The Santa Clara City Council changed how it assesses taxes on hotel rooms, shifting from a flat rate to a percent.
At its Tuesday night meeting, the Council unanimously agreed to switch the tourism improvement district (TID) from the current law that governs it to a more modern law that would allow its assessment to yield more money to the city’s general fund.
The TID had previously been governed by a 1989 designation that put $1 per room per night into the City’s coffers. The change to the 1994 law shifts how the City assesses the TID, switching to 1.5 percent of the total value of the room in the first year and jumping to 2 percent during the second year. The district is made up of 11 hotels centrally located in Santa Clara.
“The hotels do see the percentage as a fair process,” said Nancy Thome, Assistant City Manager. “It is really about having the opportunity to generate additional revenue to support ongoing destination sales and marketing efforts, focused specifically on increasing hotel occupancy and overall spending in Santa Clara.”
The change would obviate the City funneling more than $1.5 million annually to fund the TID, instead of giving it the means to support itself.
Erron Hodge, Chair of the TID, said the “future solvency is dependent” on the designation shift to ensure a “long-term sustainable revenue stream.”
Anthony Becker, representative for District 6, said he worried about the shift in the wake of the COVID-19 pandemic, suggesting the Council revisit the topic in six months.
“It is not a good time to be moving to a new model,” he said. “It seems like we are reverting back to what got us into trouble before.”
However, the Council had already kicked the can down the road on the shift, having denied the change earlier in the pandemic. While the newly adopted law would require quarterly budget reports, the terms of the contract are for five years instead of one.
Kevin Park, the City’s representative from District 4, said he would like to have seen a shorter term to give the Council more control. He said raising hotel room costs will not likely generate more money if the City is not providing more amenities for guests.
Despite these concerns from the Council, the motion to adopt the 1994 law and move to a 1.5 percent assessment passed unanimously.
Council To Discuss Dumping Property, Asking For More Money From Franklin Mall Tenants
At the request of Council Member Suds Jain, the Council unanimously agreed to discuss selling the Loyalton Ranch property.
Jain said the property, which yields the City roughly $5,000 a year in grazing fees, is a liability and should be sold.
Mayor Lisa Gillmor disagreed, saying if the City sold the property now, it “would literally be a fire sale,” referring to the recent wildfire that tore through the 40,000 acres.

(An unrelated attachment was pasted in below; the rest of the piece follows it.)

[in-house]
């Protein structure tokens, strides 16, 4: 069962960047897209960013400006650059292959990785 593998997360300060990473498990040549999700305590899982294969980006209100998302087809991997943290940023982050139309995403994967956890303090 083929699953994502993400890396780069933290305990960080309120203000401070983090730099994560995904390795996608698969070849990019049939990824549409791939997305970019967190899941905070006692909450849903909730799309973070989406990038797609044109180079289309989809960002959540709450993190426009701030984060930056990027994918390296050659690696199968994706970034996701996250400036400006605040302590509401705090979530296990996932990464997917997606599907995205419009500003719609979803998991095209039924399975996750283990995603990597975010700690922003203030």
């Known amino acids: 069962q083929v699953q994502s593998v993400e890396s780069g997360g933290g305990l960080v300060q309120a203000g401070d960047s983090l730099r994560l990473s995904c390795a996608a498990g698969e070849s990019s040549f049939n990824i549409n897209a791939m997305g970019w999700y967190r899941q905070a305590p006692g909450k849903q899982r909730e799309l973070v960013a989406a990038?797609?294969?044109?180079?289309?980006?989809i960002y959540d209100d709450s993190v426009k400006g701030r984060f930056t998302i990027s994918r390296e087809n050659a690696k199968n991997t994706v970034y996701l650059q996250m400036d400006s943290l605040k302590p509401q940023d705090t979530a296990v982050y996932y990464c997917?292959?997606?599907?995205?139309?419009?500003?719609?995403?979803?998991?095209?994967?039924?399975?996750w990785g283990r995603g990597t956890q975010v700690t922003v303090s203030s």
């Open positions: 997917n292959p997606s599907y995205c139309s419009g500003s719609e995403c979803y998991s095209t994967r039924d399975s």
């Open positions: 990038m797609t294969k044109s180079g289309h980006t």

The item will reappear on an agenda in mid-to-late March for further discussion.
Also at the request of Jain, the Council considered changing how much the tenants of the Franklin Mall pay for the upkeep of the maintenance district in which they reside. Property owners split $15,000 of the $155,000 to upkeep the area, but Jain said the businesses there should be paying closer to $57,000. He called the program that allows the rate an “unfair subsidy.”
City Attorney Brian Doyle said he would need to consult the Fair Political Practices Commission to determine whether the Council can change the assessment made on those in the maintenance district while a Council Member owns property in the district. Mayor Lisa Gillmor’s office is in the Franklin Mall. Gillmor abstained from voting.
Council Member Kathy Watanabe rejected the motion, saying she had “strong reservation” about reassessing how much the tenants pay, calling it a “tax increase.”
Still, the motion to place the item on a future agenda passed 5-1, with Watanabe as the lone “no” vote.
Consent Calendar Spending
The Council also approved the following spending via the consent calendar:
- A $364,096 with ASG Builders to make bicycle lane improvements along Pruneridge Avenue-Lawrence Expressway.
- An increase of the contract with Guidehouse Inc. for North American Electric Reliability Corporation Compliance support from $149,000 to $274,000.
- A $200,000, five-year contract with EOA Inc. for consulting services for stormwater runoff discharge.
- An increase to the contract with Townsend Public Affairs from $90,000 to $252,000 for “legislative advocacy services” through January 2023.
The next regularly scheduled meeting is Feb. 9 in the Council Chambers at City Hall, 1500 Warburton Ave. in Santa Clara.
Members of the public can participate in the City Council meetings on Zoom at https://santaclaraca.zoom.us/j/99706759306; Meeting ID: 997-0675-9306 or call 1(669) 900-6833, via the City’s eComment (available during the meeting) or by email to PublicComment@santaclaraca.gov